Time and Place: 1517: Self, Sex and Emotions in Early Modern Europe
Module code: V1455
15 credits in spring semester
Teaching method: Not yet finalised
Assessment modes: Coursework
In 1517, Martin Luther circulated his 95 Theses in which he launched a sustained attack on the abuses of the Church. This critique profoundly transformed Christianity. This course examines whether 1517 and the birth of Protestantism marked a new age of modernity.
The aim is to examine the ways in which common folk experienced their lives during one of the most transformative periods in Western History. It will do this by examining a range of ego-documents, from diaries to letters and in particular through trial records, to examine how people gave meaning to their lives, and to how they understood their body and emotions.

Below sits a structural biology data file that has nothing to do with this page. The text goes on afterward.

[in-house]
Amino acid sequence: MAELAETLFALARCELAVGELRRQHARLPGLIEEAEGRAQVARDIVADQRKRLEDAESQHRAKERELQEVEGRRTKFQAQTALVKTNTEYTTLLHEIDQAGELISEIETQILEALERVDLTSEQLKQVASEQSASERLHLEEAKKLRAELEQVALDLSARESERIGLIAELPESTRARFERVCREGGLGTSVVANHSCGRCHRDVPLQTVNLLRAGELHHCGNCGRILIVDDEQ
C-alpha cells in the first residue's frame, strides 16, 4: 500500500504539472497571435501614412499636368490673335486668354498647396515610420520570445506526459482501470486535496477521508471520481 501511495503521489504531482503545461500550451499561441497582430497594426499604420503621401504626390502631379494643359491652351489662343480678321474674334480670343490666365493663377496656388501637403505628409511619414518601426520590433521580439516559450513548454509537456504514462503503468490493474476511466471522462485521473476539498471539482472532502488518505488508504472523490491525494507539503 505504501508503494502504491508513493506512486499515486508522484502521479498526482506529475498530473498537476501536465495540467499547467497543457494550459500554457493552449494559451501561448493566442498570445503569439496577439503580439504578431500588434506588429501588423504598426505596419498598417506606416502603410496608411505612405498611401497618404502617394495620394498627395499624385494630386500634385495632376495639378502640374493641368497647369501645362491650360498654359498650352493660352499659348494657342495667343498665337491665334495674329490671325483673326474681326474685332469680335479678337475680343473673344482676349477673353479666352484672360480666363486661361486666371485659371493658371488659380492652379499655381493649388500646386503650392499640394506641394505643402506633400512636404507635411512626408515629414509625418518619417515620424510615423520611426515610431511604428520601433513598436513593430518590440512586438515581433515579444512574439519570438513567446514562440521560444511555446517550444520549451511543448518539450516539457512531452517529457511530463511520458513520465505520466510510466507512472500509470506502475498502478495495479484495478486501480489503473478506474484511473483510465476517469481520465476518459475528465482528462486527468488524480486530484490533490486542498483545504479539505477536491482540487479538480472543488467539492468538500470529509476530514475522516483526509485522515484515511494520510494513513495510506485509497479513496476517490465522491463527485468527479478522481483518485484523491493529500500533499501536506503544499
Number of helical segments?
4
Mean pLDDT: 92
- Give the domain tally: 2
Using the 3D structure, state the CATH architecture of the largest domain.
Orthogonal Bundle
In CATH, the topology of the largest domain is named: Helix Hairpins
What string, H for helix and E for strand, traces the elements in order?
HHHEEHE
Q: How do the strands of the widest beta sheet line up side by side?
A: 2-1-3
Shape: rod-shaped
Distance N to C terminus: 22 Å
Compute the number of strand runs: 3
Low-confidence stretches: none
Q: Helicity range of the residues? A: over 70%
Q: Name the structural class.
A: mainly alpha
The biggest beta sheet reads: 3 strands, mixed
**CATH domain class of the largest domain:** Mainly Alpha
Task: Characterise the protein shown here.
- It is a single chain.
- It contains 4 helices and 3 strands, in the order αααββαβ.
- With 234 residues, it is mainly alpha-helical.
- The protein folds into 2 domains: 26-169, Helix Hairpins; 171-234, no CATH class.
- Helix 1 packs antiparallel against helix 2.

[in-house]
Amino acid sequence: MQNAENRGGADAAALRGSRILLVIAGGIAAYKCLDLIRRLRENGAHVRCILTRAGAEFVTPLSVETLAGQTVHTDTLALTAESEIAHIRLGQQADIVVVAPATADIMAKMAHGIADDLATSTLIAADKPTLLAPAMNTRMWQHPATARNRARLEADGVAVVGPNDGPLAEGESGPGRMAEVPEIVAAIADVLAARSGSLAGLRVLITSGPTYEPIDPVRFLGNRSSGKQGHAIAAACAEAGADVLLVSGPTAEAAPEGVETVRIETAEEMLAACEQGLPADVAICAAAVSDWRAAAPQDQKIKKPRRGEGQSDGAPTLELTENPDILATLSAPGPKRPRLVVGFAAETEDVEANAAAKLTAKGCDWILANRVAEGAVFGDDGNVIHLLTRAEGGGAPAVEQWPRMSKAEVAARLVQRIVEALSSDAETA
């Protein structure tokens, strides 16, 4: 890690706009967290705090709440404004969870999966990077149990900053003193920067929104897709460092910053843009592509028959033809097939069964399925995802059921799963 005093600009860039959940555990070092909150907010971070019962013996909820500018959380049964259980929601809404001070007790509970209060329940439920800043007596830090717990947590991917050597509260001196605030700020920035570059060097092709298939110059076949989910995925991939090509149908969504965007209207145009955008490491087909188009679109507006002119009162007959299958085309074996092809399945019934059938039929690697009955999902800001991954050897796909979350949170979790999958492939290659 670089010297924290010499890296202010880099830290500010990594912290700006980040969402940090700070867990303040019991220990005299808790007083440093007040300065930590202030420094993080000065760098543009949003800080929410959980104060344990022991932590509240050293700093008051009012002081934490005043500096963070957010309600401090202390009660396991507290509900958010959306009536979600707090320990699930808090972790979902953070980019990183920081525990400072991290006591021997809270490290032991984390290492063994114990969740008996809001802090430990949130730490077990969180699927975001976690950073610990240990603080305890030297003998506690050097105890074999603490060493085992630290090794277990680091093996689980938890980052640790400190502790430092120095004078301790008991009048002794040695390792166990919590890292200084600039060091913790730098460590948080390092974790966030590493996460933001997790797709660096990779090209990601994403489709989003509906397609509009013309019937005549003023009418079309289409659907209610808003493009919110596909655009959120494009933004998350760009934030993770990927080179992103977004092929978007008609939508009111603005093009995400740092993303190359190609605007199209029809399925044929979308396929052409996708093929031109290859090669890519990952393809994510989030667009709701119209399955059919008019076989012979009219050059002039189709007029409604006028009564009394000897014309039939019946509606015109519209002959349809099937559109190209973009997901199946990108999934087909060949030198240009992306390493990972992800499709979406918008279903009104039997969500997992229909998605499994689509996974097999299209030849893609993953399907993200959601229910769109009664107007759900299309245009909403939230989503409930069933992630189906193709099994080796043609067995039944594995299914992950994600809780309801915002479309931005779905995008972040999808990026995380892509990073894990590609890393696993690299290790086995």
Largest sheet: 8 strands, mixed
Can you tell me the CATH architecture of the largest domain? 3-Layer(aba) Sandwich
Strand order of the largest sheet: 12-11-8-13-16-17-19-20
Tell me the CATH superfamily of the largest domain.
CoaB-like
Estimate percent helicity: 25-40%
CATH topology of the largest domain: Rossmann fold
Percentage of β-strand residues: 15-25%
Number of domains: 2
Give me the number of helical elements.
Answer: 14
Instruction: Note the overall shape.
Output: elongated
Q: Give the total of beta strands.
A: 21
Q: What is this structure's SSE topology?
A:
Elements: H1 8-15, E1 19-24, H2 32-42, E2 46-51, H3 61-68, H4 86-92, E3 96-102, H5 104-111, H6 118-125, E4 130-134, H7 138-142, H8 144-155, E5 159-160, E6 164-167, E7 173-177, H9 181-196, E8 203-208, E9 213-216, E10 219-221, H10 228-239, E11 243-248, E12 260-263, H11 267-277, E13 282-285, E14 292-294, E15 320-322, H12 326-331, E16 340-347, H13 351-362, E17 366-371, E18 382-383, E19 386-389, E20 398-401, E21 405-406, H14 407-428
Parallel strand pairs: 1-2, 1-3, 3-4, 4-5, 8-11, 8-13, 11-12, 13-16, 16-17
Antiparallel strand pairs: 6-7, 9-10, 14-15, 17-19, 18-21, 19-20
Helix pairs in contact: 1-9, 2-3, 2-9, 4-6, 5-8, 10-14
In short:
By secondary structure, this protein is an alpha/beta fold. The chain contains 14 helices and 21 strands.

In the wake of the Reformation, gender and sexuality became a key battleground between Catholics and Protestants. In the witch-hunts that swept early modern Europe, it was women who were primarily accused and executed. Understanding how ideas about emotions and gender interacted is one of the keys to understanding the mass violence of early modern witch-hunts. This course will start in 1517 and will span the sixteenth and seventeenth centuries.
Module learning outcomes
- Critically evaluate the historiography around a particular moment.
- Appreciate the importance of locality in history and the specificity of particular historical events.
- Demonstrate the ability to use primary source material in extended historical argument.
- Demonstrate the ability to deploy these skills in extended essay form.